Not all actions are equal

I swore when I started this blog and using twitter and Facebook more regularly that I wouldn’t become one of those chronic motivational quote posters. The fitness industry certainly doesn’t need any more, and I’m starting to suspect that 90% of all fitness-related tweets are really just quotes from someone else followed by the hashtag #killingit or #crushingit. That being said, when I came across the following quote from Ernest Hemingway while researching another post, I couldn’t keep my paws off it:

Never mistake motion for action

-Ernest Hemingway

The lesson here is that not all actions are equal and it’s important to make a distinction between activities that, while marginally related to the goal, do not actively contribute to successfully attaining it (Motions) and those which help you achieve your goals (Actions).Continue Reading

Publicize your learning process

Every fitness professional, exercise scientist and kinesiology student should have a blog. I know this seems contrary to opinions on the more popular fitness blogs, those telling everyone to filter their info and criticizing people for pushing articles online without at least a decade of experience. We’re putting limits and qualifiers on who can contribute, but really who has the right to decide what you can or can’t do online? If the fitness industry spent more time fostering a collaborative online environment, we’d all be better off for it. I might be new to the blogging world but the concept of collaborative environments and ‘learning out loud’ is not a new one to me. Collaboration is a necessity in the scientific world, and my experience teaching anatomy in the School of Rehabilitation Sciences (Physiotherapy Program) at McMaster University has shown me how these cooperative experiences benefit everyone involved.Continue Reading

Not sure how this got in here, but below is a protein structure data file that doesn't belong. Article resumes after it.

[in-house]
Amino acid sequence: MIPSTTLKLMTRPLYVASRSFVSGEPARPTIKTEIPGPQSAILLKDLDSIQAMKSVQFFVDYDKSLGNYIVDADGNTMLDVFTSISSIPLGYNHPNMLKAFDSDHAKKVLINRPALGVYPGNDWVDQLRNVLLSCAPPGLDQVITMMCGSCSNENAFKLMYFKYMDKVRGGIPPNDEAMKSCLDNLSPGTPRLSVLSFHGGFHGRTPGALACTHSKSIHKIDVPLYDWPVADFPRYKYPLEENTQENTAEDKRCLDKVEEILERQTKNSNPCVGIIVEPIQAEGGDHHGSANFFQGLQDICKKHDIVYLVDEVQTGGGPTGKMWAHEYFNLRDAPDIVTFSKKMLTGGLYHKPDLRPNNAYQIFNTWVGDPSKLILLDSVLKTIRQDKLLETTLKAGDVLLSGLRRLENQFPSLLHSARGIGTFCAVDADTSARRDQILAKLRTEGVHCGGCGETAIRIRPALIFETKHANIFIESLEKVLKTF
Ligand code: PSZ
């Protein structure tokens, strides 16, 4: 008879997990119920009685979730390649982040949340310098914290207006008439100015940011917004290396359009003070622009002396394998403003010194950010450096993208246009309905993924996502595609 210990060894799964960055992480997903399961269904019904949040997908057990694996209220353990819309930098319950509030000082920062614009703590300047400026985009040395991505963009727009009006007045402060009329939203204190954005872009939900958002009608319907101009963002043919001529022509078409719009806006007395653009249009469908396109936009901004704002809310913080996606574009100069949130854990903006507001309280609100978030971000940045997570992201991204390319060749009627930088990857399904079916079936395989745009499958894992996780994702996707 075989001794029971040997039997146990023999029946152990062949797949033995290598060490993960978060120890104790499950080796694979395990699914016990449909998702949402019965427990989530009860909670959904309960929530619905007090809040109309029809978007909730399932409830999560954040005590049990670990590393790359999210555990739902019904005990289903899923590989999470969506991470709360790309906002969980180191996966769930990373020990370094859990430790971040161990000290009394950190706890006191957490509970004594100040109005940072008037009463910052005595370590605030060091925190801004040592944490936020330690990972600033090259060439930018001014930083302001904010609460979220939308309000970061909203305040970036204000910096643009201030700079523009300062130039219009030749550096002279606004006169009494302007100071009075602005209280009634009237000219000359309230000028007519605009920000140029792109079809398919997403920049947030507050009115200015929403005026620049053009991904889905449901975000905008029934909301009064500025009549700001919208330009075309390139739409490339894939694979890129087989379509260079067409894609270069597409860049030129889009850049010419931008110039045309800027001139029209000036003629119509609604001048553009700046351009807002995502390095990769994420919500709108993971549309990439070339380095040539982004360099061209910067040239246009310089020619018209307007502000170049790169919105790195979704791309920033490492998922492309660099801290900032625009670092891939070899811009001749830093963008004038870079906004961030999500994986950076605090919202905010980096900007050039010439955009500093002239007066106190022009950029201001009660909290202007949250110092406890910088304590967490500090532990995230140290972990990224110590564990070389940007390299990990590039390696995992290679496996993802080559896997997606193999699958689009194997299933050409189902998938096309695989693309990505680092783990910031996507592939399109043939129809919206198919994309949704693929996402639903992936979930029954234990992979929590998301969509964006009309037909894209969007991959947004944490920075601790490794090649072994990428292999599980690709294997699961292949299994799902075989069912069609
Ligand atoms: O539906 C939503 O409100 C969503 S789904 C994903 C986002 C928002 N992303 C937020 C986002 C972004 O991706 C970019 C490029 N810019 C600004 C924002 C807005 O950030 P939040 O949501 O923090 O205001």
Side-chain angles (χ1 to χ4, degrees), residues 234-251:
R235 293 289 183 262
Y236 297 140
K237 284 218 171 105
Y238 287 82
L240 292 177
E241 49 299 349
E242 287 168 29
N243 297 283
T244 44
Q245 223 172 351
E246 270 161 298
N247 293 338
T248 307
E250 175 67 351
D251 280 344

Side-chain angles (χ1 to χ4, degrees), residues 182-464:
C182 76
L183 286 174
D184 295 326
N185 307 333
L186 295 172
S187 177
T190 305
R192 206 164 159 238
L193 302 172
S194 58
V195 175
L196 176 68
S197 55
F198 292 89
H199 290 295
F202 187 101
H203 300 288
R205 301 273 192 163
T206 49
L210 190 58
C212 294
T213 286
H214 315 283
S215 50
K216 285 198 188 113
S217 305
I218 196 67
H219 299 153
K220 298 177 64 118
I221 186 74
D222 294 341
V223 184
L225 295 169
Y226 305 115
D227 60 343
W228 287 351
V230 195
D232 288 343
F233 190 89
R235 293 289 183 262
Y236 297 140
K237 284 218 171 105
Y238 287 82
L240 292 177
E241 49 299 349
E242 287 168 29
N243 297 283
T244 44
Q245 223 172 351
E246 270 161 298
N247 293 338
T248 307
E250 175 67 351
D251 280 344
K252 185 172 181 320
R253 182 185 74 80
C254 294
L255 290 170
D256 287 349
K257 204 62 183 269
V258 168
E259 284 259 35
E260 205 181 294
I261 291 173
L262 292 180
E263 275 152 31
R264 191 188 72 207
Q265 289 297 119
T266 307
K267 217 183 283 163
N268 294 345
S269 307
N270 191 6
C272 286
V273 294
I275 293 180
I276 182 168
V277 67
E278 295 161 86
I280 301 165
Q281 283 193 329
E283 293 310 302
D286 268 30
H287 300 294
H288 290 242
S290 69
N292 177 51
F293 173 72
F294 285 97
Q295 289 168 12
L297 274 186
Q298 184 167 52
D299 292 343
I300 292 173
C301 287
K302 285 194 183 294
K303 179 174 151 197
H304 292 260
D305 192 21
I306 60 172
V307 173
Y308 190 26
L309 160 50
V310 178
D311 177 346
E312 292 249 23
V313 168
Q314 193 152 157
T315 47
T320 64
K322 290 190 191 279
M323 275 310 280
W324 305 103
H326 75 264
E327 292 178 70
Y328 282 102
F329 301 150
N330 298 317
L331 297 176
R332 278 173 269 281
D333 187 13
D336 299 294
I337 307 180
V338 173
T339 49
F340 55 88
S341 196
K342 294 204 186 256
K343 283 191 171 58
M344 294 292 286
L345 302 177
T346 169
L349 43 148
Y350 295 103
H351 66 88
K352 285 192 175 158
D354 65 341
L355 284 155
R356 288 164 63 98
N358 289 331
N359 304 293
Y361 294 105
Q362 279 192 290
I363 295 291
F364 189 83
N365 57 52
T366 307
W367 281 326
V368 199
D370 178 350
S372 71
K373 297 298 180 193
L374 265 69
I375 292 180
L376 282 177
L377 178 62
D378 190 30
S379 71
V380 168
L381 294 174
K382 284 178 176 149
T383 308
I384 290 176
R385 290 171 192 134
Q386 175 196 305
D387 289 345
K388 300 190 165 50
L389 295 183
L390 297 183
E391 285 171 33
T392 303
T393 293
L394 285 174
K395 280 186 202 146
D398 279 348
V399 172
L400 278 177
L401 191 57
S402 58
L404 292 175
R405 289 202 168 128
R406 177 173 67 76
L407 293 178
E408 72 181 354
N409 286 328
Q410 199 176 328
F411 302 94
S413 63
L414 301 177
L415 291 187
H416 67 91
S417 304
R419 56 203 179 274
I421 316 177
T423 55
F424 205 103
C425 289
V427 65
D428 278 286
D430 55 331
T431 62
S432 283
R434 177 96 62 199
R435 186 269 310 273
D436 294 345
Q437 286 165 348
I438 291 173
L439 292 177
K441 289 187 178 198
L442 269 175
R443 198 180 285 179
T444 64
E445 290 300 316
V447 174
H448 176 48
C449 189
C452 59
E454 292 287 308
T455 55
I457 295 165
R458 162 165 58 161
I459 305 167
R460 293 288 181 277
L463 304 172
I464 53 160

Going to the dogs

Thanks to a collection of family dogs, only two of my years on this planet have been spent dog-free. Two too many as far as I’m concerned.

Four years ago, after a heart-breaking farewell to Pascoe, the family dog (who stayed with my parents), my wife and I packed up and moved to Hamilton so I could continue studying the effects of strength training on muscle. Due to a “no animals” clause in our lease, we survived two years dog-free but spent many days missing the family dogs. After threatening to leave the apartment to find animal friendly living, our landlord came around and let us get a dog.

A quick trip to the SPCA later, my wife fell in love with a wiry, energetic dog called ‘Darnell’, which we quickly changed to Griffin. We couldn’t leave without him, perfect timing as his ‘roommate’ was adopted minutes before we arrived. Fast forward a year later, we moved into a nice house with a yard that’s close to big (and underused) fields for the dogs to run in. Best of all, Griffin now has a ‘tall drink of water’ to spend his days with, a playful lab cross named Daphne. Having two 40lb speed machines can be a handful at times, but the ‘terrible two’ have added so much to our lives that they’re definitely worth it.Continue Reading